"Cannesiology" is the name of one of Jones’ tapes and "Kannesiology" is another. Similar to a nicotine patch, the CBD is transdermal, meaning it is transferred into the skin. The difference between the two products is Cannesiology contains tetrahydrocannabinol, or THC, and would not be able to be sold in every state. Kannesiology only contains CBD and less than the .003 THC content threshold, making it legal across the United States.

Cannesiology Logo

The logo of Jones’ new company.

The Kannesiology Tape passes CBD, found in marijuana and infused in some essential oils, into the skin to offer extra relief for injuries that normal kinesiology tape cannot offer. CBD is often used for pain relief and has no psychoactive effect, meaning the user does not experience the euphoric feeling usually associated with being high.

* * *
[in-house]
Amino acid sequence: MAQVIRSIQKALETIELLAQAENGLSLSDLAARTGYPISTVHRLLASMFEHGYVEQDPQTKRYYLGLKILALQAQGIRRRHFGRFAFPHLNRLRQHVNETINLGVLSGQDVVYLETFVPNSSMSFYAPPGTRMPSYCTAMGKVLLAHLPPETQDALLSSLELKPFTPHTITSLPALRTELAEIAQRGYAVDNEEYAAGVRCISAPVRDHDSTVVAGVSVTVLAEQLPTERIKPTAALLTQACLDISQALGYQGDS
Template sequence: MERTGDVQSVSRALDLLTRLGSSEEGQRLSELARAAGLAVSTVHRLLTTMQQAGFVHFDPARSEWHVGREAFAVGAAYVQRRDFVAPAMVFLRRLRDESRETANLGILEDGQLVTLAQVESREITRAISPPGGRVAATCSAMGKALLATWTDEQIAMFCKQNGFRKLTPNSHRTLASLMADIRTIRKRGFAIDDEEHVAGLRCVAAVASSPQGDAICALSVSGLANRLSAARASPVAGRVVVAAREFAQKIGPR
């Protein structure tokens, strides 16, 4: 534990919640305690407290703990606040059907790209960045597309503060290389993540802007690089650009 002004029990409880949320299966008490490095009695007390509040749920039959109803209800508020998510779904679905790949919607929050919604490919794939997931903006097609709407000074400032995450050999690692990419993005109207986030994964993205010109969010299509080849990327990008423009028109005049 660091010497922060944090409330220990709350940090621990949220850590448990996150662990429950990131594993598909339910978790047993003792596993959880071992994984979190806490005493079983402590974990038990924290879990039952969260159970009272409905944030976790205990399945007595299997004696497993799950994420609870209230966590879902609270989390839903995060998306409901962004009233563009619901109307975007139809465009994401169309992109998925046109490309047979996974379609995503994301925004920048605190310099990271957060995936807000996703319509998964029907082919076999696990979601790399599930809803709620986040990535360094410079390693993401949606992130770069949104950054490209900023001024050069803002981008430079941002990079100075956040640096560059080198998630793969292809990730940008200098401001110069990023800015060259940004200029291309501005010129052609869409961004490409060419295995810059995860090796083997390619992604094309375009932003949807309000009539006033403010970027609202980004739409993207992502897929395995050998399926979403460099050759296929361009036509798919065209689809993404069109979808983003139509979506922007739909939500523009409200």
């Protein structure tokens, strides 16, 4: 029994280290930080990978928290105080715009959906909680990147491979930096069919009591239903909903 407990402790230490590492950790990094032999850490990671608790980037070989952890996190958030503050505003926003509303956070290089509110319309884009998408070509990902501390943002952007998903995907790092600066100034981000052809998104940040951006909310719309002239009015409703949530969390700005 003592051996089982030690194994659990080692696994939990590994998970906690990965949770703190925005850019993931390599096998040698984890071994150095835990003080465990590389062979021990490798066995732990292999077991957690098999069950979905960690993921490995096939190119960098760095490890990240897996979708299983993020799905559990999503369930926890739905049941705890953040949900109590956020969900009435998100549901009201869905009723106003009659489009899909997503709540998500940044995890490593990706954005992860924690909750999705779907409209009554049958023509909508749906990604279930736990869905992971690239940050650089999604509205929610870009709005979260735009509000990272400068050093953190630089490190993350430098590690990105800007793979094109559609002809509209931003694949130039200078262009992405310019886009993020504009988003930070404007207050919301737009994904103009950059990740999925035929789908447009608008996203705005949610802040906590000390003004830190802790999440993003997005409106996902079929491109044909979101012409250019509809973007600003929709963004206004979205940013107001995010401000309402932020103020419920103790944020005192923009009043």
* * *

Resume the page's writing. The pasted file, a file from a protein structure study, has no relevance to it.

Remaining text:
There are many similarities between hemp and cannabis, which both contain THC and CBD. However, hemp has much more CBD than THC, the main chemical that provides the aforementioned euphoric feeling.

His idea started with his own experiences and manifested itself further after working with patients and veterans.

Using CBD in a product can be tricky. Many professional leagues such as the NFL and NBA have CBD listed as a banned substance. The only major professional league Jones can market the product towards is Mixed Martial Arts. MMA is very hard on the body, and even the winner of a fight is normally hurt.